While intermediary VANs are fully prepared to offer great savings to retailers by removing in-house costs that they cannot pass on to the consumer, they are often creating an increase in the wholesale costs of goods from the vendors, distributors and manufacturers which retailers are happy to pass on to you, the consumer. This is the side of the story VAN’s do not want to know. Many retailers have decided to forgo offers from intermediary VAN’s and continue to support their EDI operations in house, several of which I mentioned at the beginning of this post. Lowes, Home Depot and Wal-Mart continue to trade documents with vendors directly via AS2 communication. Grainger Supply, Bass Pro Shops and now Sherwin Williams are examples of companies that decided to turn the cost of EDI over to their vendor base by handing off the trade relationship to a VAN. Speaking from experience, it is often much easier to conduct an EDI trading partnership directly with a retailer on a technical level than it is to go through the implementation and support gauntlet of a VAN. Lower costs to manufacturers typically results in lower costs to consumers. Many VAN’s are leveraging the customer/vendor relationship against consumers. If I’m wrong someone please give me an example where a VAN, working on behalf of a retailer, has resulted in lower wholesale prices.No comments
I’ve been reading forum comments regarding the “pros and cons of mapped drives”. Not one article I’ve found correctly addressed the issues surrounding mapping drives by letter verses their supposed benefits which are limited. For historical reference, only Windows has “mapped drives”. Linux, Unix and other operating systems including Apple OSX use “mount points” or in Apples case, “Connect to Server” (which is almost as bad as a mapped drive letter n but not quite). Mount points and Apple “Server Connections” both require knowledge of the files real, genuine name of shared folder location on the network, often called the “UNC Path” in the Windows world, which stands for Universal Naming Convention. We are reaching a point in computing where even end users can essentially be considered computer illiterate if they do not know the UNC Path to the files they work with daily.
So what are the real benefits of using “mapped drives” designated by a chosen drive letter:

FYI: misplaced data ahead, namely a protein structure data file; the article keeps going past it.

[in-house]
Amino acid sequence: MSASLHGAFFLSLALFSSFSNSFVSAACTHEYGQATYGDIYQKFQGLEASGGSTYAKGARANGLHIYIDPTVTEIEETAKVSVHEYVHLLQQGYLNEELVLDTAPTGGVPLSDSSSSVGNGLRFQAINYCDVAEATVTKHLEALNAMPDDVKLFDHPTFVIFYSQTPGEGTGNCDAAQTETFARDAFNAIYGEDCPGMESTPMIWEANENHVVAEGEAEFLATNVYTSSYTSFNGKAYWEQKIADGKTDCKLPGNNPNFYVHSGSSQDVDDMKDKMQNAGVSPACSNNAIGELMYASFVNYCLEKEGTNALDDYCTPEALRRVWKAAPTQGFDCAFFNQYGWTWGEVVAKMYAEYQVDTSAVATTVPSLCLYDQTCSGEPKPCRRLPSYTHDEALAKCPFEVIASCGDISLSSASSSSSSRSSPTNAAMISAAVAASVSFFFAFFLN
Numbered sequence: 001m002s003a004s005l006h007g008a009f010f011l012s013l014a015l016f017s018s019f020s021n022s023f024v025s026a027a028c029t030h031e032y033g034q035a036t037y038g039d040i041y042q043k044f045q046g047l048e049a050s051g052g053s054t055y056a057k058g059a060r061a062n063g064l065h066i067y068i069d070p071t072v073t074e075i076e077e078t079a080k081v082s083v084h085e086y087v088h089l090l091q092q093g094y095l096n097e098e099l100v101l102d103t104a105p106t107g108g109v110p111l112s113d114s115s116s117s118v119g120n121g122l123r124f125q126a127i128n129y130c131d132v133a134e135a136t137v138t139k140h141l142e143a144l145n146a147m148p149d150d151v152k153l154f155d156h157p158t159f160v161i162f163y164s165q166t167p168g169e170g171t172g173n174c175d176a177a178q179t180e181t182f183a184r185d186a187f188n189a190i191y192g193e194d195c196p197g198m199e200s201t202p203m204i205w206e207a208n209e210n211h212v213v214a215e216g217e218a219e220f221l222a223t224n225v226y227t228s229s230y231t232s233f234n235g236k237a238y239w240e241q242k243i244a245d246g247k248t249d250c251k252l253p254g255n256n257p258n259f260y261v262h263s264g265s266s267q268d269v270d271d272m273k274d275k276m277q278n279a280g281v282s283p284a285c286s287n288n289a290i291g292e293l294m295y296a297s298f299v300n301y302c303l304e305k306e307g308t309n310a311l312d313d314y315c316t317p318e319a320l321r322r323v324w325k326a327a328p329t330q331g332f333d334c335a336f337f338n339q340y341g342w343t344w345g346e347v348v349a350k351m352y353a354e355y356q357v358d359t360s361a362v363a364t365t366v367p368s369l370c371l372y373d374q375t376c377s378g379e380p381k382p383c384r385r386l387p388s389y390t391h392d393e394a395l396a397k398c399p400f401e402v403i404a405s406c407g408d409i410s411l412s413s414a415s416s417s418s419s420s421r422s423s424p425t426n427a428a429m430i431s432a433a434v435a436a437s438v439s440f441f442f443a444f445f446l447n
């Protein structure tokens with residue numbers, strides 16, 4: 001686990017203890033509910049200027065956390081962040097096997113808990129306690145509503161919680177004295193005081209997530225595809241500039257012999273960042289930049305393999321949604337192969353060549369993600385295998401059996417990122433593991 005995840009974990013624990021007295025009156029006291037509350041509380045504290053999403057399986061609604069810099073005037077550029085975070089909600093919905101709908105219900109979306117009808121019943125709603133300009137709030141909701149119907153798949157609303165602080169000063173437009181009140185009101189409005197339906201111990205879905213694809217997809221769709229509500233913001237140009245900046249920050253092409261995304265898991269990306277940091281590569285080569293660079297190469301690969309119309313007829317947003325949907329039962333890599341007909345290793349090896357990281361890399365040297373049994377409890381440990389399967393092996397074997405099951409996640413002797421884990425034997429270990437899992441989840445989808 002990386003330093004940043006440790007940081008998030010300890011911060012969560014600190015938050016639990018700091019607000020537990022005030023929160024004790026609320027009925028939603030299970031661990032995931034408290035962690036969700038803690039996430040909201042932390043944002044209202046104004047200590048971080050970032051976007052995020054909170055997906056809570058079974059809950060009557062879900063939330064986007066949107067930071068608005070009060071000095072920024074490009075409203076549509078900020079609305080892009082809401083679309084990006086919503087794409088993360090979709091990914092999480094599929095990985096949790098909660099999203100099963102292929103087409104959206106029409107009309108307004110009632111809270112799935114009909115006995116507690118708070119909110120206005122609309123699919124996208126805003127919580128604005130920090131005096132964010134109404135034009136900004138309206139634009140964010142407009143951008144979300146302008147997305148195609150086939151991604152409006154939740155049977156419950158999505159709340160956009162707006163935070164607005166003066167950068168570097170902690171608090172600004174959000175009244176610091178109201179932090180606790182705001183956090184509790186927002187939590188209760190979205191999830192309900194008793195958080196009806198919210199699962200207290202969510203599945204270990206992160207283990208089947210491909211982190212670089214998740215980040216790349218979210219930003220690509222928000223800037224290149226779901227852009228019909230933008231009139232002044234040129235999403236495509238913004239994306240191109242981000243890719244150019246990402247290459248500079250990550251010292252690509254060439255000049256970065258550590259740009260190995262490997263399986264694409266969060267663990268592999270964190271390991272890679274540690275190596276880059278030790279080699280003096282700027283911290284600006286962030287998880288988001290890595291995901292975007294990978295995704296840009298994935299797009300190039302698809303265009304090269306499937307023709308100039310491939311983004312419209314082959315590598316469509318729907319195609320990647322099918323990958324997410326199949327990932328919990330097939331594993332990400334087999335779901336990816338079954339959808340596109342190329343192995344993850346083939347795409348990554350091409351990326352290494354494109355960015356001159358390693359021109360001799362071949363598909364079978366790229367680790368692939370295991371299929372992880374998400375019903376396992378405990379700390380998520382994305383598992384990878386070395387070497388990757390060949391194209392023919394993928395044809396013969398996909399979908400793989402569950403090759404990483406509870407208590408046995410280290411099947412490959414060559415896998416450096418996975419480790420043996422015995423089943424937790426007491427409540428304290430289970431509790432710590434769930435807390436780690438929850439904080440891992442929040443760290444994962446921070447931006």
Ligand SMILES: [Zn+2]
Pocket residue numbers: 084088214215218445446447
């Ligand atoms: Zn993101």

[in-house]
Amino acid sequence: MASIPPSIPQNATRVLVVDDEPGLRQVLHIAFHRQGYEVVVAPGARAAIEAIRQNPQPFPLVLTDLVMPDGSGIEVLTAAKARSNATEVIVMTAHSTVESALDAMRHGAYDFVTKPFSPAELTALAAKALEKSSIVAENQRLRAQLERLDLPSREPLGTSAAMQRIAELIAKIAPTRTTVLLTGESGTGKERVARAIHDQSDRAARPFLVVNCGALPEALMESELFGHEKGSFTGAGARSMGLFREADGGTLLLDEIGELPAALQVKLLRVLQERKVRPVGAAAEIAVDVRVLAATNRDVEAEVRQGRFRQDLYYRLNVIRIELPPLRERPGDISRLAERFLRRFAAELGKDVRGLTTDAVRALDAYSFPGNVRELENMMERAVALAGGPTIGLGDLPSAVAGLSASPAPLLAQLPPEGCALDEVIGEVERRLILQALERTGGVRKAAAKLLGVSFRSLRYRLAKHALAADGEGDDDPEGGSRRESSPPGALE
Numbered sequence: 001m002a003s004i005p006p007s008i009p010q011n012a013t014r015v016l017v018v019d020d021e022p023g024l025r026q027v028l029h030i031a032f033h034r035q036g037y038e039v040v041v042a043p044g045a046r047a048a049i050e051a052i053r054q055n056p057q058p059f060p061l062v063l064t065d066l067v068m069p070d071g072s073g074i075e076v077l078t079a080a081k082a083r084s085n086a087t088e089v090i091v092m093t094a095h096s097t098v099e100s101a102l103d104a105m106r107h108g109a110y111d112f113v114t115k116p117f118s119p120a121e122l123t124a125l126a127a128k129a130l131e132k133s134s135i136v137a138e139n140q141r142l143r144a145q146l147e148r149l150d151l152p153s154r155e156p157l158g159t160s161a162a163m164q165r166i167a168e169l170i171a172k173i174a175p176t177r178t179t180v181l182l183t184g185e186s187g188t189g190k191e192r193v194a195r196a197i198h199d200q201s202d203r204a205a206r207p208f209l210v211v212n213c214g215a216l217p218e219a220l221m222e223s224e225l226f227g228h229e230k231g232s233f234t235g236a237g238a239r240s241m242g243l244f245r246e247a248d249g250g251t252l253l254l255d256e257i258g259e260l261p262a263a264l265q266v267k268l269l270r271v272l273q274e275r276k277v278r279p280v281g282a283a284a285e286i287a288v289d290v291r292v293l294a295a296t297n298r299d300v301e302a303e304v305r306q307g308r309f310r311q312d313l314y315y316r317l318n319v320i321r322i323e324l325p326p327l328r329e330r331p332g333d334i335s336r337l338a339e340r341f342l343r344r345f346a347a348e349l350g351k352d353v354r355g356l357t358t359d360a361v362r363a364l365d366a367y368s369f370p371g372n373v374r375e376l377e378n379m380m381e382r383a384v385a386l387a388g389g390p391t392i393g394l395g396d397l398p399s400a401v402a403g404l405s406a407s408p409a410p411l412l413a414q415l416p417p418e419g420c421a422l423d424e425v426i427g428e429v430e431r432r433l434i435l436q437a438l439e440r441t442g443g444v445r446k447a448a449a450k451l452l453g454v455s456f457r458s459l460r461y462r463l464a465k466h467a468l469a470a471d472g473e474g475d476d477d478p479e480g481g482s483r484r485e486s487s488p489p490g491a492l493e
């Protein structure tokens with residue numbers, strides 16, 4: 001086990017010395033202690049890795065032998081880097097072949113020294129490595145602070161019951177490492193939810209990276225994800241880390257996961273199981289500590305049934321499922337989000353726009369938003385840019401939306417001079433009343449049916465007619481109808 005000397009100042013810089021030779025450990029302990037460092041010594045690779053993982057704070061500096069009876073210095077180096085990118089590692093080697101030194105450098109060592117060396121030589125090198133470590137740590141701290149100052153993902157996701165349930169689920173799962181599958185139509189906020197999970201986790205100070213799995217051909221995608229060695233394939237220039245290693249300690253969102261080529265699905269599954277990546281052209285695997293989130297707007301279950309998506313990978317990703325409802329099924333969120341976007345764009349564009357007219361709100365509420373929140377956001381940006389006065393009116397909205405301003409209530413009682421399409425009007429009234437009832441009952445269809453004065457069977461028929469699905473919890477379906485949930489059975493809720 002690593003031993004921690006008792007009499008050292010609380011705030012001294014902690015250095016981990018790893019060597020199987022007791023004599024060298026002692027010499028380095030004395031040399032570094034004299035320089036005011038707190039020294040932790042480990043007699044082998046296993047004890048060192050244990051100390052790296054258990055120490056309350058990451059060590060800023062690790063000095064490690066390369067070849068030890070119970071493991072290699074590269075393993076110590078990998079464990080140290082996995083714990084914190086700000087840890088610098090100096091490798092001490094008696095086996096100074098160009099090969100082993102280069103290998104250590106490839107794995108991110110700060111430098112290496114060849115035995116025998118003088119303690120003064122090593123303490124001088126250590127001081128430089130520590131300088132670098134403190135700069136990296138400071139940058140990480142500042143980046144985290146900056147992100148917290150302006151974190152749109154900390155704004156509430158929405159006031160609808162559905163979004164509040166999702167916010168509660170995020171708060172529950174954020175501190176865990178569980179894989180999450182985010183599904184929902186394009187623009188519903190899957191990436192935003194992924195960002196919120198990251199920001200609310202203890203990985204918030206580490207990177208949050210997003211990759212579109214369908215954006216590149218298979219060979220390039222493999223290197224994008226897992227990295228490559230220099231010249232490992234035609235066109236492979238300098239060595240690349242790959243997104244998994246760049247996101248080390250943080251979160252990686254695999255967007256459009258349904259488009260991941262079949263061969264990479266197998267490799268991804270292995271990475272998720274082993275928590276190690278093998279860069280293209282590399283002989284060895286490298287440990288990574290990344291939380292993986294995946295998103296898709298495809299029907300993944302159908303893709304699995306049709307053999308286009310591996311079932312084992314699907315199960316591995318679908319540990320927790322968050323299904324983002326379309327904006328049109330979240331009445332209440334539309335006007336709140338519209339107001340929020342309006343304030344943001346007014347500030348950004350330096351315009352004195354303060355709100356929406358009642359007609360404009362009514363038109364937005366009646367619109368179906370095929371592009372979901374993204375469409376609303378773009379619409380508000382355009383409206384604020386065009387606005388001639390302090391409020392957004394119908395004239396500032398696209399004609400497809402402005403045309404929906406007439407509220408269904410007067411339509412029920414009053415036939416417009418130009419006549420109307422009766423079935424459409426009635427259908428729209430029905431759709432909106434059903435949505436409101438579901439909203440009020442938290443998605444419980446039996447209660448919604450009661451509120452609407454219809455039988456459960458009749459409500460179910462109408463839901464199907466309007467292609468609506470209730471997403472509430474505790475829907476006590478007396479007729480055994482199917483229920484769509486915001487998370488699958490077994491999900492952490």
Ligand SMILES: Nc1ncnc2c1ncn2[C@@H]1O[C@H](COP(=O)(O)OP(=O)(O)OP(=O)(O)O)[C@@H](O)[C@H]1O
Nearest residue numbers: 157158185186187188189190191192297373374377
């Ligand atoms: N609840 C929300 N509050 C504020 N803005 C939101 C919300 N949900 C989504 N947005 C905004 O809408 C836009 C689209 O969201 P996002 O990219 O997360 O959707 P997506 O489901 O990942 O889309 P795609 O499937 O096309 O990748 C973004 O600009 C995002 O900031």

- It is easy to reference for end users to understand. This means an administrator can say “open your N drive” verses “open your Accounting share” or “your Accounting shared folder”. I’m not sure why one is more confusing than the other in the end users brain but in my experience if I use the word “share” users give me the blank look of evil.
- I’m not sure there is a #2. Any other administrators who can think of any other benefit of a mapped drive, leave a comment. Sure administrators can map drives to network resources using scripts so end users are not choosing their own random, often conflicting drive letters. That is more of a convenience to avoid potential issues of mapped drives than a benefit.
What are the limitations and issues caused by mapped drives:
- As any seasoned IT support veteran will tell you, on large networks there will inevitably be multiple “P drives” or a few “X drives” where X and P can be any letter in the alphabet, redundantly. When a user calls for support they will only be able to tell you “I can’t get to my P drive”. When you have “P drive” mapped to five different network shares from ten random workstations, good luck. You’re about to dig on the users machine to find out the UNC Path, the true location of the network share their particular “P drive” is pointing to.
- Modern applications are not designed to translate drive letter designation. Sure, MS Office and other historically Microsoft centric applications will adjust for the location of a users unique mapped drive designation. Newer web based applications will often gag on them or not identify them at all. Business reporting applications in particular, such as Qlikview and Business Objects, which rely on multiple data sources will make huge mess when trying to address those sources across a mapped drive letter.
- Virtualized applications make a mess and clog bandwidth trying to sling files around the world in circles and clog bandwidth to accommodate a file trying to be opened using a mapped drive. If a user in Phoenix, AZ runs a virtual instance of MS Word from a server in Raleigh, NC and then tries to open a file located on a mapped drive of their workstation (which is sometimes pointing to a share location in Raleigh, NC) the file will make not one, but TWO trips across the network, download the file to the users local workstation memory and then Word can open the file. Conversely, if the Phoenix user opens the same instance of Word published from the Raleigh Citrix server and then chooses “File…Open” or “Recent Files” inside word and uses the UNC Path to specify the file location, Word will open the file on the LAN, not across the WAN. Don’t believe it. Try it and see the difference. The first scenario requires a file download into memory across the network, the second scenario opens the file directly and almost instantly.